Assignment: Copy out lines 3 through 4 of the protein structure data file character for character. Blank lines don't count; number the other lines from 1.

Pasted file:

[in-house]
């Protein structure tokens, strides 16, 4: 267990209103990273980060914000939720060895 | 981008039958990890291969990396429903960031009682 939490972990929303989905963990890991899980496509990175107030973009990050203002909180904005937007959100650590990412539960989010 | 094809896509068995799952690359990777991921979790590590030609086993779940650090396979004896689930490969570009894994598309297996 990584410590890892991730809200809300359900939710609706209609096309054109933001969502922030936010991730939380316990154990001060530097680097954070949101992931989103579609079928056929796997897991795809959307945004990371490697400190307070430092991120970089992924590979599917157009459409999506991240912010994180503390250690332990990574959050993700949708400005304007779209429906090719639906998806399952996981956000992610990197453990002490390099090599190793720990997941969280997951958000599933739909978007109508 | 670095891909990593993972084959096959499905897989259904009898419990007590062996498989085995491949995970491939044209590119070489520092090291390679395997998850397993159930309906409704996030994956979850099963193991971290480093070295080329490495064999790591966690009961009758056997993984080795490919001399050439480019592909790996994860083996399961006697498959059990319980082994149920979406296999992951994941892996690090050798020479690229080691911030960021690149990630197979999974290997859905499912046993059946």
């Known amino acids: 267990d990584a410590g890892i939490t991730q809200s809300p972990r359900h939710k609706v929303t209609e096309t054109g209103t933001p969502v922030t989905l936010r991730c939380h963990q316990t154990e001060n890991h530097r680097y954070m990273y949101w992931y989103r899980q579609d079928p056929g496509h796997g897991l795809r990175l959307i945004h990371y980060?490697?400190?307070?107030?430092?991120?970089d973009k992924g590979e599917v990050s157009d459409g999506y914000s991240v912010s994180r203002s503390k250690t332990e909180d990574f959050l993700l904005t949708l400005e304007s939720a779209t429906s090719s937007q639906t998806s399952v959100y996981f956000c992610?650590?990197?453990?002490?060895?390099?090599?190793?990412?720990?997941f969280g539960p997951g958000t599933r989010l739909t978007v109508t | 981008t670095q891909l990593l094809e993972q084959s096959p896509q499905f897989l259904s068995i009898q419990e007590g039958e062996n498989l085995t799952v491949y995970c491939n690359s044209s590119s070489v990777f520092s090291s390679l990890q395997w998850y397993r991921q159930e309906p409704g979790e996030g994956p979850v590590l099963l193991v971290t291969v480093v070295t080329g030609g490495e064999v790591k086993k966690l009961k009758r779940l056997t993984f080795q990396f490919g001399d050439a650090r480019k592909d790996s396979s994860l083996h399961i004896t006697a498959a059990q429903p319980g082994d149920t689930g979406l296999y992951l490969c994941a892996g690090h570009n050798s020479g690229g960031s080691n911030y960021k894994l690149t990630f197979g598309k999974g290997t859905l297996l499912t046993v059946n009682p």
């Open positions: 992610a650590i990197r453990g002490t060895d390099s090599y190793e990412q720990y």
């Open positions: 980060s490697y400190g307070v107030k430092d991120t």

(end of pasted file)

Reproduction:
């Known amino acids: 267990d990584a410590g890892i939490t991730q809200s809300p972990r359900h939710k609706v929303t209609e096309t054109g209103t933001p969502v922030t989905l936010r991730c939380h963990q316990t154990e001060n890991h530097r680097y954070m990273y949101w992931y989103r899980q579609d079928p056929g496509h796997g897991l795809r990175l959307i945004h990371y980060?490697?400190?307070?107030?430092?991120?970089d973009k992924g590979e599917v990050s157009d459409g999506y914000s991240v912010s994180r203002s503390k250690t332990e909180d990574f959050l993700l904005t949708l400005e304007s939720a779209t429906s090719s937007q639906t998806s399952v959100y996981f956000c992610?650590?990197?453990?002490?060895?390099?090599?190793?990412?720990?997941f969280g539960p997951g958000t599933r989010l739909t978007v109508t | 981008t670095q891909l990593l094809e993972q084959s096959p896509q499905f897989l259904s068995i009898q419990e007590g039958e062996n498989l085995t799952v491949y995970c491939n690359s044209s590119s070489v990777f520092s090291s390679l990890q395997w998850y397993r991921q159930e309906p409704g979790e996030g994956p979850v590590l099963l193991v971290t291969v480093v070295t080329g030609g490495e064999v790591k086993k966690l009961k009758r779940l056997t993984f080795q990396f490919g001399d050439a650090r480019k592909d790996s396979s994860l083996h399961i004896t006697a498959a059990q429903p319980g082994d149920t689930g979406l296999y992951l490969c994941a892996g690090h570009n050798s020479g690229g960031s080691n911030y960021k894994l690149t990630f197979g598309k999974g290997t859905l297996l499912t046993v059946n009682p």
């Open positions: 992610a650590i990197r453990g002490t060895d390099s090599y190793e990412q720990y």